The leader of Saddam Hussein's tribal clan was killed Tuesday by a bomb that had been planted on his car, Iraqi police said.

Sheik Ali al-Nida was chief of Iraq's al-Bu Nasir tribe, a large Sunni Arab clan of about 20,000 members, including Saddam's family. He was 65.

As the head of clan, al-Nida received Saddam's body after his 2006 execution, and arranged the former dictator's funeral. In 2007, he founded a so-called Awakening Council in Saddam's home village of Ouja, partnering with U.S. forces to fight Sunni militants in the area.

Al-Nida and one of his guards died when the bomb that had been glued to the undercarriage of his car exploded as they drove through the Wadi Shishain area of Tikrit, a mostly Sunni Arab city about 80 miles north of Baghdad, an officer said.

Three other guards were seriously wounded, he said on condition of anonymity because he was not authorized to talk to media.

Members of Saddam's tribe have been targeted before, but it was unclear whether it was because of their ties to the former Iraqi dictator or because of long-standing tribal rivalries.

Al-Nida's brother, Mahmoud al-Nida, was shot dead by unknown gunmen in summer 2006.

Meanwhile, Iraqi soldiers cordoned off an area of eastern Baghdad to search houses Tuesday, acting on a tip about militants hiding there, an officer said.

An Associated Press reporter at the scene described how a suspected car bomber rammed into the fence of a house, then gunmen burst out of the car running. A gunbattle erupted, with Iraqi soldiers killing at least one of men. Two others escaped, and a fourth wounded man was arrested.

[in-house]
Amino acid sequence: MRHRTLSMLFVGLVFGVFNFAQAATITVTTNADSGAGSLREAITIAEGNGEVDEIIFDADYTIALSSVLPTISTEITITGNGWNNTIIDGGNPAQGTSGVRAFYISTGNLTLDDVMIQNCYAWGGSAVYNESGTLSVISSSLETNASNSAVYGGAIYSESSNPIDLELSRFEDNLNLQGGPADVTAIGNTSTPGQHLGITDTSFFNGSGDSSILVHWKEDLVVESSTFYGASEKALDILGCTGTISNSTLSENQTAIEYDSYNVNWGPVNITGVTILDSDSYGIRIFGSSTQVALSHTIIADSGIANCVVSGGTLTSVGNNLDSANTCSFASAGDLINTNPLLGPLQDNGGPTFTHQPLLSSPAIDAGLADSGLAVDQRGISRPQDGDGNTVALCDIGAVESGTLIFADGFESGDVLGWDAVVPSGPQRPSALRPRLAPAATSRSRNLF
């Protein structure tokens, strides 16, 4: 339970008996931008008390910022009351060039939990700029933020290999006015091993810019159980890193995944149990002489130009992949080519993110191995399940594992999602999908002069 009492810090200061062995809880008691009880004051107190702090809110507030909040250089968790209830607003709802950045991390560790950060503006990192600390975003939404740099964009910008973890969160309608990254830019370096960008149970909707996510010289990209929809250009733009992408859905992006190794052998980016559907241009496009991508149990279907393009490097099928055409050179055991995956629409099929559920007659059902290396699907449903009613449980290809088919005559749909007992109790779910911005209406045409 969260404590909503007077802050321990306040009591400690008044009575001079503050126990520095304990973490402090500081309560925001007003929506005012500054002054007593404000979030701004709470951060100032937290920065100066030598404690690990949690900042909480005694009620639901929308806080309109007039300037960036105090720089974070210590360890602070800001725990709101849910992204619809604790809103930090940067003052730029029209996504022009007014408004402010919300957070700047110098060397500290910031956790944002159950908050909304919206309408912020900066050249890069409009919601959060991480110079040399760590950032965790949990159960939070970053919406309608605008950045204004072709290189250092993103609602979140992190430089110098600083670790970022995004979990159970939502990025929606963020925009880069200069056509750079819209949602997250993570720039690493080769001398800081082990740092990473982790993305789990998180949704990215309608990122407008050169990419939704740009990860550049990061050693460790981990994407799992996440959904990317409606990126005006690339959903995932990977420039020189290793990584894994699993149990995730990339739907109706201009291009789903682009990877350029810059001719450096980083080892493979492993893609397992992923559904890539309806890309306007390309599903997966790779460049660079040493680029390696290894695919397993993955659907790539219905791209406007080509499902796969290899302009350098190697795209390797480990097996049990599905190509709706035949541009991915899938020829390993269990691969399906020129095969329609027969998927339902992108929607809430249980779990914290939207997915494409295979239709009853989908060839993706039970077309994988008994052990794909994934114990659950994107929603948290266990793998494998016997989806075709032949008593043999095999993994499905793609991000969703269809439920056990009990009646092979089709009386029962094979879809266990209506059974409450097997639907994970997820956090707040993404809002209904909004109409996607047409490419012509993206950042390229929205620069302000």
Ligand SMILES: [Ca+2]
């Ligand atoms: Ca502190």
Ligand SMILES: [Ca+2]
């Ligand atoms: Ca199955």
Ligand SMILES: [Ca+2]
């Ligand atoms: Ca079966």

Afterward, the dead man's body lay in the street, covered with a newspaper. Blood pooled nearby.

A construction crane arrived to pull out the car, which an officer said was believed to be rigged with explosives that had not detonated. He spoke on condition of anonymity because he was not authorized to talk to media.

Also Tuesday, the U.S. military said it captured two alleged Al Qaeda in Iraq leaders along with three other men in Baghdad.

The men belong to an Al Qaeda-linked group with roots in Iraq's western Anbar province, but which currently operates in the northern belts around Baghdad, a military statement said.

During the arrests Monday, American soldiers fatally shot another man who approached a security perimeter and ignored warning shots, it said.